One example of such a program is the Boston Medical Center’s Supporting Our Families Through Addiction and Recovery (SOFAR) program, which establishes a medical home in its pediatric primary care clinic for parents in recovery and their children and provides these families with ongoing support to enhance child development and parent recovery.

Another example is Yale New Haven Hospital’s treatment of Neonatal Abstinence Syndrome (NAS), which is a non-pharmacological approach and instead focuses on soothing the infant’s symptoms while encouraging the mother-infant bond. This approach typically includes rooming together post-delivery and modification of the environment to support attachment and provide a soothing environment for the infant. Such non-pharmacological approaches are associated with better outcomes for both infants’ short term and long-term health, as well as mothers’ recovery outcomes in the near and long-term and attachment between mother and child, which is fundamental to building a healthy parent-child relationship. 

Additionally, funds from the opioid settlement should be used to promote family-based residential treatment opportunities. This type of treatment allows parents to receive substance use treatment in a location where their children and family live alongside them, thus preventing the children from being removed to foster care. One example of family-based residential treatment services is provided by LUND in Vermont, which provides residential treatment for substance use and mental health issues for pregnant and parenting women in addition to other family support and wrap-around services.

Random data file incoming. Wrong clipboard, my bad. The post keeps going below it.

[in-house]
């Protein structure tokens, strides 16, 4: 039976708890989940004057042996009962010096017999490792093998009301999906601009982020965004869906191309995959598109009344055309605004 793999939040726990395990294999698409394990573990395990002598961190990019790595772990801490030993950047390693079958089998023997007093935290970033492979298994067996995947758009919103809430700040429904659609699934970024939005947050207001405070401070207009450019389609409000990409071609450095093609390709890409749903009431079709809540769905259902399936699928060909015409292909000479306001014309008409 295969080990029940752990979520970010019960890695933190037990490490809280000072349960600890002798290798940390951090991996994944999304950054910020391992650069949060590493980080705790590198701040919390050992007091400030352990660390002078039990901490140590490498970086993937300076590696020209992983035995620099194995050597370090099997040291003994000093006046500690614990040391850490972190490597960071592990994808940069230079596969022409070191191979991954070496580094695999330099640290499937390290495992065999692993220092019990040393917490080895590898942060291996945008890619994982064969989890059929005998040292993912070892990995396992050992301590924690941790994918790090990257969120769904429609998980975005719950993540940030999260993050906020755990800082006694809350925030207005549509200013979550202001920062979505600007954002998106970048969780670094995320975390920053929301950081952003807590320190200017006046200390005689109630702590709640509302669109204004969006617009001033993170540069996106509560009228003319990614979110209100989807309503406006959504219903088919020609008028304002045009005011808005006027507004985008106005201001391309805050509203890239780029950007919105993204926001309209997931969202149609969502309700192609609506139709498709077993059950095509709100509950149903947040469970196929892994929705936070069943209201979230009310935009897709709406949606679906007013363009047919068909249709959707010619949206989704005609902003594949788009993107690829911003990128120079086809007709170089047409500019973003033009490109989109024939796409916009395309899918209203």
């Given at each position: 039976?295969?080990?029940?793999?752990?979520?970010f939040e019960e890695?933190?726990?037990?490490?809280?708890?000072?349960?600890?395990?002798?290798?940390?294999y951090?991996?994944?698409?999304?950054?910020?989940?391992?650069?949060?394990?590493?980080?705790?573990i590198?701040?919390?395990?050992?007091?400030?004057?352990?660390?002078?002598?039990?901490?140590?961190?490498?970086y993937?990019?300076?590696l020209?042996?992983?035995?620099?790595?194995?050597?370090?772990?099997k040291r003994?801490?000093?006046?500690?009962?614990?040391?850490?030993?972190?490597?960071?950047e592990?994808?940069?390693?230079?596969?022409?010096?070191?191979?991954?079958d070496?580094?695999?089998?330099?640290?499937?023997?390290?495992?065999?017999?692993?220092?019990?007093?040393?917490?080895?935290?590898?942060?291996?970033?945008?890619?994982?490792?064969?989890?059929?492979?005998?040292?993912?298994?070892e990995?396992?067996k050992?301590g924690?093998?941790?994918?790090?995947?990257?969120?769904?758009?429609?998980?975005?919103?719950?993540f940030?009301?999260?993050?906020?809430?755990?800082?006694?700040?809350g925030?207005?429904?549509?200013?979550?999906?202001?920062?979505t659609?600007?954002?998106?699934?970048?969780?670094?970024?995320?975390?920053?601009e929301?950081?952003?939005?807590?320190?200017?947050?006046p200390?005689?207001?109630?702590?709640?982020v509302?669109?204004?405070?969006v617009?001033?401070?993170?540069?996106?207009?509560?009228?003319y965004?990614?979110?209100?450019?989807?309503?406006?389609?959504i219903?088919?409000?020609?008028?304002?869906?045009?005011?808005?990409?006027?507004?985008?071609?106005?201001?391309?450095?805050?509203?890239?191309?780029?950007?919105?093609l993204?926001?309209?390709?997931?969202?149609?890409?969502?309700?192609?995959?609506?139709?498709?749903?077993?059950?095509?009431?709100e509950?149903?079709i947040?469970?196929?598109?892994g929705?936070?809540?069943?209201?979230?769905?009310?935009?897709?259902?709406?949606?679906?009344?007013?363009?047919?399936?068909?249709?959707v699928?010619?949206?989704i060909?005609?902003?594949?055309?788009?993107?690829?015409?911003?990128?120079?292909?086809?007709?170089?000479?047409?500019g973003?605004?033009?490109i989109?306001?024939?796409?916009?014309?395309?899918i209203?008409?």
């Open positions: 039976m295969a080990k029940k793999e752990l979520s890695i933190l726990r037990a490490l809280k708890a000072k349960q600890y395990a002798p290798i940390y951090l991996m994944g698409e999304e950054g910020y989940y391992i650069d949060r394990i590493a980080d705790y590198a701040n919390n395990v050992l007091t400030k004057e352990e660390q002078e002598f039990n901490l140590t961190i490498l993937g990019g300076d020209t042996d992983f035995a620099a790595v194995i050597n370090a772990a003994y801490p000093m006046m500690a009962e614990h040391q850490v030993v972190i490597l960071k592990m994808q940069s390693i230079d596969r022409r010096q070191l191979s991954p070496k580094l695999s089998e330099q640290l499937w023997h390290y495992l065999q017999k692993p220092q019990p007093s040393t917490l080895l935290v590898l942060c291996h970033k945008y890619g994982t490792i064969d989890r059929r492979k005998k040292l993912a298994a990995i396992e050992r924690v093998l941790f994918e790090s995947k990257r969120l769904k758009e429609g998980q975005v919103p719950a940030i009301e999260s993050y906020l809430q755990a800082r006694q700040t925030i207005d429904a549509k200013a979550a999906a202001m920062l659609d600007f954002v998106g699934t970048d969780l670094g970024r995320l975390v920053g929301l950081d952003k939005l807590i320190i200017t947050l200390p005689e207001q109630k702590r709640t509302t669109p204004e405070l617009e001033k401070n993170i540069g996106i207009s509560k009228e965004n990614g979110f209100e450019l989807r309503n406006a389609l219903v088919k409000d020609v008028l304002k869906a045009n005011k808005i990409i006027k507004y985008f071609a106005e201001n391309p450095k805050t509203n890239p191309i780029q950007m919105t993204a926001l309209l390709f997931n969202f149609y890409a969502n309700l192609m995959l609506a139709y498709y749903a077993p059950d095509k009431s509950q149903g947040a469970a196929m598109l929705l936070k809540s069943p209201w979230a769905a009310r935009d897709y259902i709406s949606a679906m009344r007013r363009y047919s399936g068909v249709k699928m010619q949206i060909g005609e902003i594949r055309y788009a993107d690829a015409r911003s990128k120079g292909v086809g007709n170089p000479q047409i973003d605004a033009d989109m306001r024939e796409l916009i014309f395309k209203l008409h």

The federal Family First Prevention Services Act allows states (even those without a Title IV-E prevention plan) to use federal funds to cover the cost of family-based residential treatment. Unfortunately, there are a limited number of these programs available. Using settlement funds to facilitate the establishment, licensing, and certification of these programs will allow more children who are impacted by the opioid crisis to safely remain with their parents and out of foster care.

States should prioritize and fund family-centered, comprehensive care programs in order to dramatically expand access to these programs for children and families impacted by the opioid crisis.

5. Implement State Medicaid Expansion